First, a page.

Suzy the toy poodle got life-saving CPR, and it brought her back from wherever good dogs go in the end.
“This is the craziest week I’ve ever been a pet owner,” said Margot Olah, who owns the recovering canine.
Her 20-year-old son Jarek found 15-year-old Suzy asphyxiated to the point where her tongue was lolling out of her mouth, and it had turned blue.
Olah’s cousin, Terry MacPherson, who lives downstairs, was called to help free the senior dog.
Suzy had been wearing a plastic bell over her head, to keep her from licking and chewing at a hot spot.
As the little dog passed a brassiere that was hanging off a doorway, the holey cheesecloth that attached the bell got caught on the bra hooks.
They can only surmise that Suzy struggled to free herself, but only succeeded in tightening the noose around her neck more as she pulled.
By the time MacPherson and Jarek found her, it was so tight they couldn’t get it off.
Frustrated, panicky and crying, MacPherson tried to pull the whole door off its hinges.
“I thought ‘Me, the dog and the door are all going to the vet.’”
But the door held firm. Instead, they cut the dog loose.
MacPherson couldn’t find a pulse in the lifeless pet.
She had some recent knowledge about reviving a dog that wasn’t breathing.
Two weeks earlier, one of her dogs was sick with a cough, and in the course of seeking some online remedy she had come across an online video about how to give canine CPR.
“It’s amazing the crap I know,” she observed.
She put her mouth over her canine patient’s nose and muzzle and blew.
It was hard to get a good puff into Suzy’s body, because the protruding tongue was getting in the way of a good seal. But she was able to blow some air in.
She saw Suzy’s narrow chest rise.
Then she did chest compressions, pressing on the side of the dog’s chest.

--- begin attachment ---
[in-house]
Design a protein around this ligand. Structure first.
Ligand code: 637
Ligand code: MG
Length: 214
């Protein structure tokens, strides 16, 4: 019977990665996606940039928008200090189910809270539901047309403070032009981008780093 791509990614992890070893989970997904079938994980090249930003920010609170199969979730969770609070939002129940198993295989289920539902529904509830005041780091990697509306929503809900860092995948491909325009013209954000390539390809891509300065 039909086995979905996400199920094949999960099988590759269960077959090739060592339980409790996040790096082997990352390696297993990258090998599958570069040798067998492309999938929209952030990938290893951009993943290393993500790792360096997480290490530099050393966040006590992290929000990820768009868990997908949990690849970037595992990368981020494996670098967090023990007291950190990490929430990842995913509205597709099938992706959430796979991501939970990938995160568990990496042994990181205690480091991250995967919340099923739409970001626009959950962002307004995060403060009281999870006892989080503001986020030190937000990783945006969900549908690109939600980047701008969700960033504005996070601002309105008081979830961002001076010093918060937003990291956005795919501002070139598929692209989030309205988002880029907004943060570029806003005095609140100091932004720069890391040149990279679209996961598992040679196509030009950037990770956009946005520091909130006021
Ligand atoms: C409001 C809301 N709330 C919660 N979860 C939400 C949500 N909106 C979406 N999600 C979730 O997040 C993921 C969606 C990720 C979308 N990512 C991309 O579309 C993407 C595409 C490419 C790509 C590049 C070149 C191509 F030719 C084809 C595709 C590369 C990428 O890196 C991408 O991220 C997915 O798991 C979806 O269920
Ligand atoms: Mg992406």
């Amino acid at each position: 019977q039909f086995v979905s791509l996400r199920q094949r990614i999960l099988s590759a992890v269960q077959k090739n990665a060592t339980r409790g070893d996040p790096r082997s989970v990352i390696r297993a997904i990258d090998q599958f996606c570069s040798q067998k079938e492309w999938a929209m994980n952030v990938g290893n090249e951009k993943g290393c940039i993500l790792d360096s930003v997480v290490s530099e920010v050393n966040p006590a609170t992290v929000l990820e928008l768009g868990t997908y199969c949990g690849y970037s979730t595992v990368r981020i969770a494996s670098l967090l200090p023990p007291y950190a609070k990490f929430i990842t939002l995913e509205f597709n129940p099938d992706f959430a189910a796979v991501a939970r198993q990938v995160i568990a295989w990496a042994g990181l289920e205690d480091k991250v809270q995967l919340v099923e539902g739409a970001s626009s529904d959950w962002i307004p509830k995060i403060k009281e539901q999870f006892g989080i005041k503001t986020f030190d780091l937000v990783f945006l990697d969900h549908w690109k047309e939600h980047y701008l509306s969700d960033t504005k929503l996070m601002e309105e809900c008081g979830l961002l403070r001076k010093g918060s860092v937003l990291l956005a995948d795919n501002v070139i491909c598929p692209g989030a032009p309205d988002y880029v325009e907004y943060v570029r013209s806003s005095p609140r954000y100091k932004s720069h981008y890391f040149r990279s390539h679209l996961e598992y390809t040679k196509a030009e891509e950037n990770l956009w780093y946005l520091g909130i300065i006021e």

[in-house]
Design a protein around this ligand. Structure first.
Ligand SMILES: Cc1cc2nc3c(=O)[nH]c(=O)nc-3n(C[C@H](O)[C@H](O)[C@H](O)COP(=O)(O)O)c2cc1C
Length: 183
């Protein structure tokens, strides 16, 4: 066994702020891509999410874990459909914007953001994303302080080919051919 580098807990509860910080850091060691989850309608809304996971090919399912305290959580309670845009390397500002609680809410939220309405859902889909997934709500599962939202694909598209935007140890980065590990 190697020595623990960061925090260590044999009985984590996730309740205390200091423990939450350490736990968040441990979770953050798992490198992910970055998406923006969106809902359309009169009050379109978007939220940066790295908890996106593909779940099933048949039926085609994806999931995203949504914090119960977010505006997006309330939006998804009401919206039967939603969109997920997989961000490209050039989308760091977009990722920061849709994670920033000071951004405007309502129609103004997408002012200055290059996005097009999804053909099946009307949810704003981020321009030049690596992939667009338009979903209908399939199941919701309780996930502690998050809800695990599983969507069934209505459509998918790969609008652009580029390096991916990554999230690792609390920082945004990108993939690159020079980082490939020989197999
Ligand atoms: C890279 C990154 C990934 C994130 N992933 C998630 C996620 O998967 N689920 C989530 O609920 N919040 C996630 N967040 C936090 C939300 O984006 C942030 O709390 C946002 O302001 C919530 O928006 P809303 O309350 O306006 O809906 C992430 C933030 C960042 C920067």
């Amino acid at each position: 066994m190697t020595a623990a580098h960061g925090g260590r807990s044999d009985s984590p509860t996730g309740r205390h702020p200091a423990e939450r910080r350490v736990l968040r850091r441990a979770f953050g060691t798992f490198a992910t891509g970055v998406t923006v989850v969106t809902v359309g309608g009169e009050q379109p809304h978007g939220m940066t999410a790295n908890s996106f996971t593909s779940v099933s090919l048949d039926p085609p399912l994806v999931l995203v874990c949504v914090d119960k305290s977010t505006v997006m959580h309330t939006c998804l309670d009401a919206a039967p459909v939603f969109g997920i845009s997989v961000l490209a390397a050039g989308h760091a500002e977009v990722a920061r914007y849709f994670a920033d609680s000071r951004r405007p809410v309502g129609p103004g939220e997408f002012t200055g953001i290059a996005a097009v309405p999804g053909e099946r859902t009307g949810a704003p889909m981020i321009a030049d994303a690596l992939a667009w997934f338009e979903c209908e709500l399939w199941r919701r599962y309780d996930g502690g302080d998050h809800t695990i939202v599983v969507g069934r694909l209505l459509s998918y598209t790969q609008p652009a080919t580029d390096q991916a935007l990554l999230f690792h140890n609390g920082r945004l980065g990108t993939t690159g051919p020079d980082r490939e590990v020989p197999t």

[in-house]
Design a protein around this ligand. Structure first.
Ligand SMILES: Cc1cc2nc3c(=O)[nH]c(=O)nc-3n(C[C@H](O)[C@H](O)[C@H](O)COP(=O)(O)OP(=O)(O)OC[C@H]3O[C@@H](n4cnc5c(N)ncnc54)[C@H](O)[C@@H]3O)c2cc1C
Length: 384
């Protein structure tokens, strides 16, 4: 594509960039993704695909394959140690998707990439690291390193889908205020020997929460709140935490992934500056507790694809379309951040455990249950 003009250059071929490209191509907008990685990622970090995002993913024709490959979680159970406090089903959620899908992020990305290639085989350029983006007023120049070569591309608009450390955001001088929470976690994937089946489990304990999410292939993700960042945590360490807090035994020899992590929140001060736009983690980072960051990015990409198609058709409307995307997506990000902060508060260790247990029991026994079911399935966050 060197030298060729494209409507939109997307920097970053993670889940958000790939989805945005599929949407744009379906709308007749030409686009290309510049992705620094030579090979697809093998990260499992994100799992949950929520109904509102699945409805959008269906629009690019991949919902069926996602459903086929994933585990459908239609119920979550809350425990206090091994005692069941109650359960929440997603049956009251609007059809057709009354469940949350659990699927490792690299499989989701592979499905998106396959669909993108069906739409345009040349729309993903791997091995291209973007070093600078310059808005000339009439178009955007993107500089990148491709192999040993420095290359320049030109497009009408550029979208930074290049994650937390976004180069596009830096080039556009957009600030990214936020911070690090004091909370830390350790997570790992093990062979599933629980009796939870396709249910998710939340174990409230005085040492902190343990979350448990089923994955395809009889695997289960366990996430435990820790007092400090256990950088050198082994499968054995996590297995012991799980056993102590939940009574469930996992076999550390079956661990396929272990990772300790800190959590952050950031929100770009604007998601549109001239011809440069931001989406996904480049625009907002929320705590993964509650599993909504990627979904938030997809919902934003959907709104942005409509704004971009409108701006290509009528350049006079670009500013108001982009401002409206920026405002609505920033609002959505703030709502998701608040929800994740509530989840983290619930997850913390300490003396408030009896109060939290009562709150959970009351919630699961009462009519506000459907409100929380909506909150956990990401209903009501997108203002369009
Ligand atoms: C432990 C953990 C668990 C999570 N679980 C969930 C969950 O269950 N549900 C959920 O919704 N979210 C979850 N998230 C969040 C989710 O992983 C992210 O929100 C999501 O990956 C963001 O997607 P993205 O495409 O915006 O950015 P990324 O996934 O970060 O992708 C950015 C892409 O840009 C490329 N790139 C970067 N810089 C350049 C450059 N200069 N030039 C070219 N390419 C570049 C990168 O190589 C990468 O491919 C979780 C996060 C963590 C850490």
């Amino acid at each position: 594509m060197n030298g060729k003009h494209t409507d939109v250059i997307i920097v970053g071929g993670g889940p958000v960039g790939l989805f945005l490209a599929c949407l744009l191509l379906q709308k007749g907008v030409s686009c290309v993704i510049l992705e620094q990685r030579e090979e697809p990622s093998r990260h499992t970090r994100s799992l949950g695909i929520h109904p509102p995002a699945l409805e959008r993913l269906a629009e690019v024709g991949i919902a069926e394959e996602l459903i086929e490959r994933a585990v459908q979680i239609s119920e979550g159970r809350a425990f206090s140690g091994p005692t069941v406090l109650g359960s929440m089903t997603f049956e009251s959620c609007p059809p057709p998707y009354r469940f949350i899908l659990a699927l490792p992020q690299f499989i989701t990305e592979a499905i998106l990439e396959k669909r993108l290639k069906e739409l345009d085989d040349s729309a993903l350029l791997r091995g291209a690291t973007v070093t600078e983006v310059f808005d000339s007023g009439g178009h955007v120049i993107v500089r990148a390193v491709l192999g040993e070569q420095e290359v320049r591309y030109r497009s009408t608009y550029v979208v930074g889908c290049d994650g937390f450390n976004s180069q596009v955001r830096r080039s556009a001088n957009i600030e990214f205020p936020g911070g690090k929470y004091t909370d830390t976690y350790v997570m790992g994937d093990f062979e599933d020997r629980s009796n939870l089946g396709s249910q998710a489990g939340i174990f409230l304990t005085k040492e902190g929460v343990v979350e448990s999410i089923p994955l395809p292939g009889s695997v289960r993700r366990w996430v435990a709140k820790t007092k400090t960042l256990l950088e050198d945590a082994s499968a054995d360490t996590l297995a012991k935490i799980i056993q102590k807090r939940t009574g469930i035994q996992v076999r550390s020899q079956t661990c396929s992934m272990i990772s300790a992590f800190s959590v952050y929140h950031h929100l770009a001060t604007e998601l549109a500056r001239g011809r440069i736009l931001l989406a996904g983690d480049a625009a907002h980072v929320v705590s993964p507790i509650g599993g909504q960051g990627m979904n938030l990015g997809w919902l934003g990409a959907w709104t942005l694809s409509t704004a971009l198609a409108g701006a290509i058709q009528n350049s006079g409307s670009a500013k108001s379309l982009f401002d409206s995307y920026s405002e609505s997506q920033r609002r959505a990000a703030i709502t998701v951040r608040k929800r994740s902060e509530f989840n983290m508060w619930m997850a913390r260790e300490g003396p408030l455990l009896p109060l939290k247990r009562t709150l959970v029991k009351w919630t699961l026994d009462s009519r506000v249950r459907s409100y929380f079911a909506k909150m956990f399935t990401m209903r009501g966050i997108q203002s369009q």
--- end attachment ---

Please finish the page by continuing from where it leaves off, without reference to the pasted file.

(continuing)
Suzy gacked up blood and foam.
“It was awful.”
But she was slightly revived, if still struggling.
Jarek’s friend arrived at that time.
They jumped into his car, and he drove like Ricky Bobby to the vet clinic.
Suzy went directly into an oxygen tank, and was given medication to help her recover from oxygen deprivation.
Within two days, she made a full recovery, and Olah was told her pet could live a healthy life for another five or six years, easily.
“She’s back to her usual self – eating, drinking and happy,” said Olah, best known as the president of the Ridge Meadows Minor Ball Hockey Association.
“I have a group of happy kids in the house, because the dog is alive,” she added.
“Now she’s ‘The Dog with Nine Lives.’”
Olah and her family learned a bit about pet safety – there is no more hanging brassieres – “the weapon in question” – or other clothes off doorknobs at their home.
They also want to share what they now know about canine CPR, in case other dog owners can someday use the information.
Local veterinarian Dr. Adrian Walton of Dewdney Animal Hospital said canine CPR is standard operating procedure in vet clinics.
The human mouth goes over the animal’s nose and mouth and you blow in while holding their mouth closed.
“It tastes disgusting,” he opined, but said it can be effective.
In the clinical setting there are oxygen masks, so vets can save their palate.
Chest compressions on the animal’s side should be between 60 and 120 beats per minute, which is “basically as fast as you can go.”
Walton said people should learn about cardiopulmonary resuscitation for humans, which is offered through St. John’s Ambulance, and the same principles can be applied to pets.
There are numerous online videos about canine CPR.